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Department of Agriculture, Agricultural Research Service, meat inspection, operating expenses including salaries (Projects).

H10 Department of Agriculture, Forest Service, pest control and brush disposal, operating expenses including salaries (Projects).

H11 Department of Defense, Air National Guard, payments to State agencies administering program (Finances).

H12 Department of Defense, Army National Guard, payments to State agencies administering program (Finances).

H13 Department of Health, Education, and Welfare, Public Health Service, operating expenses including salaries (supplied upon request to agency); by location of regional office.

H14 Post Office Department, compensation of postmasters (supplied upon request to agency).

H15 Post Office Department, rental, maintenance of buildings, utilities, and services (supplied upon request to agency).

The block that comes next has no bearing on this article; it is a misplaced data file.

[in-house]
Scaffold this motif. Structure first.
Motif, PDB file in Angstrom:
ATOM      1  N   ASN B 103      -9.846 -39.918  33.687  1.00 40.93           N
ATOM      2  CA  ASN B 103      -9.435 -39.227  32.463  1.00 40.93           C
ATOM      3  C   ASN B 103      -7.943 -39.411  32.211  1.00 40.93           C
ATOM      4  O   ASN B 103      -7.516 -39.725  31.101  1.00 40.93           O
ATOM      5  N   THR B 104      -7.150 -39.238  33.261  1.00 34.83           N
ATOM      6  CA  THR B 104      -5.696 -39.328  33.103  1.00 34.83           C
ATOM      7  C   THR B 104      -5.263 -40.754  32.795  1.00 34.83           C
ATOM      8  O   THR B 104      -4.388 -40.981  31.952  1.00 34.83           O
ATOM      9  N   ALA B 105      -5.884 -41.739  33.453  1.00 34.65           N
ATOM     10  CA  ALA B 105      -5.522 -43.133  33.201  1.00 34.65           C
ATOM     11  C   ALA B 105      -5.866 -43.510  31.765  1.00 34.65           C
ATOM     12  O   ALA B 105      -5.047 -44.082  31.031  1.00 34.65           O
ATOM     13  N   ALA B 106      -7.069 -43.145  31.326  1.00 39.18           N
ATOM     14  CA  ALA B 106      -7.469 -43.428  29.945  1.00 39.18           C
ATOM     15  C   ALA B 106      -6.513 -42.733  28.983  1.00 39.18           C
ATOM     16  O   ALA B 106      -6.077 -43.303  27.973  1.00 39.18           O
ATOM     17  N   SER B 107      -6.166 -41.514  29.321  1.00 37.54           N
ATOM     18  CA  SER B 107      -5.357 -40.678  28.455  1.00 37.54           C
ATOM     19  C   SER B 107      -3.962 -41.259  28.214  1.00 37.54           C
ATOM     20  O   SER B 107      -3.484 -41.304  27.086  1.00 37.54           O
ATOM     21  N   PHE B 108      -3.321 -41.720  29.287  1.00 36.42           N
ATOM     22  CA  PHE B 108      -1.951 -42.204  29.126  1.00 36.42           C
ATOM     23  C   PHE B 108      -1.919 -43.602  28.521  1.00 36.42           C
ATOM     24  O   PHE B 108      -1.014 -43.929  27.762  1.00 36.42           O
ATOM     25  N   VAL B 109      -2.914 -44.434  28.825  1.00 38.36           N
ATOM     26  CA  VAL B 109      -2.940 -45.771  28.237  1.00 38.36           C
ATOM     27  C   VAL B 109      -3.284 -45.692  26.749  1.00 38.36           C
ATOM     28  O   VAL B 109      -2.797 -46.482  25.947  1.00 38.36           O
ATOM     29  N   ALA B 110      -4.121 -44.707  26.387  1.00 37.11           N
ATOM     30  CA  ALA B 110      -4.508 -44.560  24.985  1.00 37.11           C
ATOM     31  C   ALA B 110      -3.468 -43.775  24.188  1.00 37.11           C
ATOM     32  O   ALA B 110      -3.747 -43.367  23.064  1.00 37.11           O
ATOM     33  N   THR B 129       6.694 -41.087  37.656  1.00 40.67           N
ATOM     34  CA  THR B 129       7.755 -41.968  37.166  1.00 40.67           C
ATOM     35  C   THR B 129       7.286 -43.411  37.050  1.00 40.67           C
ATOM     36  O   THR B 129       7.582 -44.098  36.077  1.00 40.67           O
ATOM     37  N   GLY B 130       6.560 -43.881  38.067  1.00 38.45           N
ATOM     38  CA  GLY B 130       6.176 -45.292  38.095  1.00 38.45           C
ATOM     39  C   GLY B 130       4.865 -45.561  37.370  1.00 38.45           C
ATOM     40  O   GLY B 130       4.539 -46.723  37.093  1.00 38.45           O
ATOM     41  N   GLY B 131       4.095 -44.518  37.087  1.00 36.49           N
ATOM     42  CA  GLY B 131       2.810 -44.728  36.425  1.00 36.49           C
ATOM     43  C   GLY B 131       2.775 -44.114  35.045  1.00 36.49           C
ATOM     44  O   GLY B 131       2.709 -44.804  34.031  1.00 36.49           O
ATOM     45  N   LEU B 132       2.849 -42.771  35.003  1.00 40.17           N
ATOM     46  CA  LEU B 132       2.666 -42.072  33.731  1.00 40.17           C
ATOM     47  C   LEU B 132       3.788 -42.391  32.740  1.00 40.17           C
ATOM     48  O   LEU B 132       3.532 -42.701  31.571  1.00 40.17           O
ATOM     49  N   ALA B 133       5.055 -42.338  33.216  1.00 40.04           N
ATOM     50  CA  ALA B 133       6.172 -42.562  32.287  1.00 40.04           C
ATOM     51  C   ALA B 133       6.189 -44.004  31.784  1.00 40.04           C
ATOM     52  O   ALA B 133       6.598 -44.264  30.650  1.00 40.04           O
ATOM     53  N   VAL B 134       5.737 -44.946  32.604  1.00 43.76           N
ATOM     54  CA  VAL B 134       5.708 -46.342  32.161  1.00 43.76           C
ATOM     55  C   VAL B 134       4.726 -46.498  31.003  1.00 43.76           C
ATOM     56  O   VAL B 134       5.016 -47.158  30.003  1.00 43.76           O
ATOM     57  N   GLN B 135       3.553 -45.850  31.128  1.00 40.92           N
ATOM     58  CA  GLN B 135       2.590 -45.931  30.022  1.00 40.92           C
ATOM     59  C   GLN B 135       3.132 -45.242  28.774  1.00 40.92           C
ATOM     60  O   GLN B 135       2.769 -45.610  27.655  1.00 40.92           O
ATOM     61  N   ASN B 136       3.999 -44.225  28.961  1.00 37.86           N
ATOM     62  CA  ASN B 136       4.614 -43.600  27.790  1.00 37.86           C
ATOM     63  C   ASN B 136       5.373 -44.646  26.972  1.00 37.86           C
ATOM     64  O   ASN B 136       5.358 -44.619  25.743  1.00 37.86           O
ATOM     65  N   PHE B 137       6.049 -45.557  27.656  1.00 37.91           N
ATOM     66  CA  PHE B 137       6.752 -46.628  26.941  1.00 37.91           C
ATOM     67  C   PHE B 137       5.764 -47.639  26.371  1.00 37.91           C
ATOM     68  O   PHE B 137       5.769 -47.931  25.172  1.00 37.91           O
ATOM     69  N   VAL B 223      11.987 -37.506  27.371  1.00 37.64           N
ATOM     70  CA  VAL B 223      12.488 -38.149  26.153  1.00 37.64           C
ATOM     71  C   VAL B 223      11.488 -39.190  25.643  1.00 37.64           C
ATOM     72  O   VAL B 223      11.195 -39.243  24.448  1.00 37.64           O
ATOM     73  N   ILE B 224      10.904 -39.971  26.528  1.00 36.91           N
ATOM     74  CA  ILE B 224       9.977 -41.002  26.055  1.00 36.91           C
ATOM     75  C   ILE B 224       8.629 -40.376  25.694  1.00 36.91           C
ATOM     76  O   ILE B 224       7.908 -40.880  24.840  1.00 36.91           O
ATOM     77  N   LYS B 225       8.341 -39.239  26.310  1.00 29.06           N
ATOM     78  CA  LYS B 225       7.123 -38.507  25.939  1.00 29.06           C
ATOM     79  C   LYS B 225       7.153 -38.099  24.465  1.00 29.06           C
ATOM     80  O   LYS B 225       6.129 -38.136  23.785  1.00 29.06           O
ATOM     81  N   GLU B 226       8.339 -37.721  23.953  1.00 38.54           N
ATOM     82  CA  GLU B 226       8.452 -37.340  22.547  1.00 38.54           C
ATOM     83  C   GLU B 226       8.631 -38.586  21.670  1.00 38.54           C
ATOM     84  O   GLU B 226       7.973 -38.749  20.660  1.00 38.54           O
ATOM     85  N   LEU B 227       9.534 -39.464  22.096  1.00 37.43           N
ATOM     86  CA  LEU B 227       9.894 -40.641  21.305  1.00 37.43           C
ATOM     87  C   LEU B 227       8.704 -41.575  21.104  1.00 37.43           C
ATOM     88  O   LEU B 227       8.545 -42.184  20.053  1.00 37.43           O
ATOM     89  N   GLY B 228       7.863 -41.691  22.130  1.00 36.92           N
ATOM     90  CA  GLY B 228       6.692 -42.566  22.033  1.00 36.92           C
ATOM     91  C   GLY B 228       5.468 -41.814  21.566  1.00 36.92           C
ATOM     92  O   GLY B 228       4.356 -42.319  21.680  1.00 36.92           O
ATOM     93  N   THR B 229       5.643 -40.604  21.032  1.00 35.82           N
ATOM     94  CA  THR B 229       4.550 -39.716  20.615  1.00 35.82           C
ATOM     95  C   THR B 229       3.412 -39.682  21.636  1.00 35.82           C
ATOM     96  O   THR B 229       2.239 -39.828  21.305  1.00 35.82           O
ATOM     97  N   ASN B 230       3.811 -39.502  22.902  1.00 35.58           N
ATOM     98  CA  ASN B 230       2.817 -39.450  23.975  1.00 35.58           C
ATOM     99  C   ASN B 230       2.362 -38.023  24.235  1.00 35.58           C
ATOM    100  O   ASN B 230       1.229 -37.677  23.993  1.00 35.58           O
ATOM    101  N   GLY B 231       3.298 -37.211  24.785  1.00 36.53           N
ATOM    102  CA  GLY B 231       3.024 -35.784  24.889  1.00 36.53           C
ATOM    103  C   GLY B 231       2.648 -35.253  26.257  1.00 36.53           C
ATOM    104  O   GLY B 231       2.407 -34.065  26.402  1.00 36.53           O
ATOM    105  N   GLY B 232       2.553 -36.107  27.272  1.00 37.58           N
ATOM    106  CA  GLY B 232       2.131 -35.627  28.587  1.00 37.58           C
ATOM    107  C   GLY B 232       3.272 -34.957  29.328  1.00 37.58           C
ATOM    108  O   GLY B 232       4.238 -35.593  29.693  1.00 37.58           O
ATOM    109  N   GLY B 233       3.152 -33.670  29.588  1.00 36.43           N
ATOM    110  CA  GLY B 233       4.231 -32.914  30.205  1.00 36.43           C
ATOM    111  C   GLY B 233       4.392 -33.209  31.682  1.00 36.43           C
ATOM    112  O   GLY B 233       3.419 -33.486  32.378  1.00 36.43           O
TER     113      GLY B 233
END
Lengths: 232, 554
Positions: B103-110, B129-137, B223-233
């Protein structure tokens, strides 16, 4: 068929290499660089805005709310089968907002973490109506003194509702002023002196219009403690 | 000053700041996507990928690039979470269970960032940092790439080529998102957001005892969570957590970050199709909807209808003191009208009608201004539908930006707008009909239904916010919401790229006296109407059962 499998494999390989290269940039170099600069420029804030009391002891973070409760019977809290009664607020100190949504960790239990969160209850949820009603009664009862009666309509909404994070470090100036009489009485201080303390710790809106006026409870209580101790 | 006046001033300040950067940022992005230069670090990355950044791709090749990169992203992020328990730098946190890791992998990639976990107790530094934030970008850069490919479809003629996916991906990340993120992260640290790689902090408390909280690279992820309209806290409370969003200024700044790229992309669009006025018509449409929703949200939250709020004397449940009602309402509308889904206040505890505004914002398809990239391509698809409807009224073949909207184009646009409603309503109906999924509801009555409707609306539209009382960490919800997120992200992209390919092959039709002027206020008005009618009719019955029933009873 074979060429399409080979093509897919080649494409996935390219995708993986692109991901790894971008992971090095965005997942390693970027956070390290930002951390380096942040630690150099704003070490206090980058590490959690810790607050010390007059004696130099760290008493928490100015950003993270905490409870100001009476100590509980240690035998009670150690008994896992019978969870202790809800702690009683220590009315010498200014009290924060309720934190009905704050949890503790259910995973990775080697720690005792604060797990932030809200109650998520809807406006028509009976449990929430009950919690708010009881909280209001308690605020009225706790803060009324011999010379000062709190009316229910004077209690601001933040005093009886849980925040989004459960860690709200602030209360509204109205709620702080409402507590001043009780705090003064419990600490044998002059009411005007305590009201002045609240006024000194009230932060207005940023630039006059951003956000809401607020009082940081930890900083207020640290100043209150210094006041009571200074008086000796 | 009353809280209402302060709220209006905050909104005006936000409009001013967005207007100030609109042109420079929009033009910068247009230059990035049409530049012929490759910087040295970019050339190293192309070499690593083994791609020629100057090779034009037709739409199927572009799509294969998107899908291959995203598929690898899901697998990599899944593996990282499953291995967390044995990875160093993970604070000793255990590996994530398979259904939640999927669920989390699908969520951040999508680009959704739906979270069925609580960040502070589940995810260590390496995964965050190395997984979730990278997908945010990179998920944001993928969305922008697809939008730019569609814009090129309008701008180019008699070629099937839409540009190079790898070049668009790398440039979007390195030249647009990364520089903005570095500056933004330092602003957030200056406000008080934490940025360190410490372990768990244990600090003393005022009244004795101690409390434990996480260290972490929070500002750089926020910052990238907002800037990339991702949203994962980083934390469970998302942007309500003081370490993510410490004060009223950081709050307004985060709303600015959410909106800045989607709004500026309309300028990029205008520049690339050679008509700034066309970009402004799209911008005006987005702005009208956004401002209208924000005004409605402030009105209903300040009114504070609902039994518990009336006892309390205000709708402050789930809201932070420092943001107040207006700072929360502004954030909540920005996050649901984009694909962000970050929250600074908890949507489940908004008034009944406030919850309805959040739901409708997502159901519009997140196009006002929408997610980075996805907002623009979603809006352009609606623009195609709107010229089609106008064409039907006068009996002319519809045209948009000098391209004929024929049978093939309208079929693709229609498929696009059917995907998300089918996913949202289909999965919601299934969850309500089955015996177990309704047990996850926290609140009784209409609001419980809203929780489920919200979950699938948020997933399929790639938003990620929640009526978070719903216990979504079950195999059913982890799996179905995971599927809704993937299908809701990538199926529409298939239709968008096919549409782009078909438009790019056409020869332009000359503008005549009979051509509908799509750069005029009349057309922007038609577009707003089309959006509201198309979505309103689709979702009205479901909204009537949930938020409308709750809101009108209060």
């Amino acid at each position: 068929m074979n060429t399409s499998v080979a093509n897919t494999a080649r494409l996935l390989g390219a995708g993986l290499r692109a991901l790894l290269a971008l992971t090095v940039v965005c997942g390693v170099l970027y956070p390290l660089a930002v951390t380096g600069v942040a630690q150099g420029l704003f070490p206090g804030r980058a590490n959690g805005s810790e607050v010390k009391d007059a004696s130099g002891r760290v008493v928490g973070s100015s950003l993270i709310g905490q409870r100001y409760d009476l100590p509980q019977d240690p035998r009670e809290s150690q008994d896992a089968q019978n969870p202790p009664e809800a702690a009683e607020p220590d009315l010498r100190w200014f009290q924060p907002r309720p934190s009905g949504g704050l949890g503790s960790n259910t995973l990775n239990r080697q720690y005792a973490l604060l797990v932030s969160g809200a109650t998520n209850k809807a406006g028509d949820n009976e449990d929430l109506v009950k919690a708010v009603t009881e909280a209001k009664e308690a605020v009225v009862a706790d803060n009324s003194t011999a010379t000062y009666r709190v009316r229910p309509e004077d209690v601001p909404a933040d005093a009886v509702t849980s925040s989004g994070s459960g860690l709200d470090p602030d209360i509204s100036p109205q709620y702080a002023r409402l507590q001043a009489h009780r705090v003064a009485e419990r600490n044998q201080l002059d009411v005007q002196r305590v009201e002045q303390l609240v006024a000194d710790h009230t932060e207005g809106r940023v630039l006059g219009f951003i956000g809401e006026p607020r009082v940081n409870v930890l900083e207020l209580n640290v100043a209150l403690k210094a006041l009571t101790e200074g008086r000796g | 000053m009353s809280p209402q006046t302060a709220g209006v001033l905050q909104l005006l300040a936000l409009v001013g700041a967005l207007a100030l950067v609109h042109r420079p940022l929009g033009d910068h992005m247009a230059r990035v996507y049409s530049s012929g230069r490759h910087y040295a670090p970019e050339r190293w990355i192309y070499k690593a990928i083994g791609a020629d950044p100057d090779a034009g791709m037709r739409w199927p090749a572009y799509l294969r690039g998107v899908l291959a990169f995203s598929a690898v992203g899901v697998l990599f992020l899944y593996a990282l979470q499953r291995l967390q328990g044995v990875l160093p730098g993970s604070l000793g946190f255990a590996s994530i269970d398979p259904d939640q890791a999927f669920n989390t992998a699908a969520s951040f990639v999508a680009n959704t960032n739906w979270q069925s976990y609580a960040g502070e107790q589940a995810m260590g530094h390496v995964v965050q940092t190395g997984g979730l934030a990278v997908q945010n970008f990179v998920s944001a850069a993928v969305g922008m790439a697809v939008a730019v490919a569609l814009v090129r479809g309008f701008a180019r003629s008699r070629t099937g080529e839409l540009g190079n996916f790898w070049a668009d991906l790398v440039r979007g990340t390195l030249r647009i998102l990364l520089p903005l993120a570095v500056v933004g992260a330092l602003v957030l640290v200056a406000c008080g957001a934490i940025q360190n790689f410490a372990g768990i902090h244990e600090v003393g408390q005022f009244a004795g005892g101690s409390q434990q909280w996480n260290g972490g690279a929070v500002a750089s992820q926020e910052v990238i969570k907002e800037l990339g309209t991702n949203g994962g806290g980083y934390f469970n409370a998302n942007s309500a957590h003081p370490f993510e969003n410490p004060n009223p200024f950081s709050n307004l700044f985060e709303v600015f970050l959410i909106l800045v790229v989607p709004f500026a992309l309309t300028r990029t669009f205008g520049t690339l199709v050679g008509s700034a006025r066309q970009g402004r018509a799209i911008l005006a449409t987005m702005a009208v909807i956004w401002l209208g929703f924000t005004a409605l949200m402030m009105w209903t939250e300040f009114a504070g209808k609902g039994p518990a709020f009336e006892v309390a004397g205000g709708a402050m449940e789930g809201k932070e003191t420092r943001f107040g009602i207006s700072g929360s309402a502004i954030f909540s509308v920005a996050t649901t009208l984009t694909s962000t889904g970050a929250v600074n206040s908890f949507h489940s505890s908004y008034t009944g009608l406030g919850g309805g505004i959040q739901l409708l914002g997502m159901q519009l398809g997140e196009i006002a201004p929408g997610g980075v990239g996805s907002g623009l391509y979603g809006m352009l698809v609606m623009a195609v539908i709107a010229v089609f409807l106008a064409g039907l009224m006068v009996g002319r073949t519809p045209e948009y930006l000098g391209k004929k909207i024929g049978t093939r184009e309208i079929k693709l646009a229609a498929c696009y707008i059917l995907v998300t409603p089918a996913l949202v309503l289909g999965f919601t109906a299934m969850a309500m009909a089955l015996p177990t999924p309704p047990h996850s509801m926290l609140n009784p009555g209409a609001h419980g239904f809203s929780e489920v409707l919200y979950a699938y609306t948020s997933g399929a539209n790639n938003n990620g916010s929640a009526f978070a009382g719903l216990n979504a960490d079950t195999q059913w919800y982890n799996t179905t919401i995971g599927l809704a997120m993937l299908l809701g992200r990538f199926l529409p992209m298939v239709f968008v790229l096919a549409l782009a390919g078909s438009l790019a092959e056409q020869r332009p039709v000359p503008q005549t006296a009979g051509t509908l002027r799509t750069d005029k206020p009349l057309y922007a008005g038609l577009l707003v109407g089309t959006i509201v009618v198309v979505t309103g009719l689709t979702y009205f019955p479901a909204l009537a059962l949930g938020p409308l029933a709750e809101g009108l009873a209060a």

H16 Post Office Department, mail delivery and collection, clerical and contractual services including salaries (supplied upon request to agency). H17 Department of Commerce, Maritime Administration, ship construction and repair (supplied upon request to agency); by location of shipyard. H18 Department of Health, Education, and Welfare, Social Security Administration, Bureau of Old-Age and Survivors Insurance, operating expenses including salaries (supplied upon request to agency); estimated on the basis of workload and regional distribution of benefits.

NOTE. The 10 richest and 10 poorest States were selected from the 1953 tables State income payments (Survey of Current Business, August 1954). The 1954 tables could not be used since they were not published until this study was well under way; in any case the difference would have been slight-a matter of one State.

The States used in our calculations are:

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By New England Governors' Textile Committee (S. E. Harris, chairman) (Accepted by New England Governors, November 11, 1955)


"We urge the United States Tariff Commission and the interdepartmental trade agreement organization not to grant further concessions in tariffs on textile products in the forthcoming international discussions of trade policy." Support of resolution I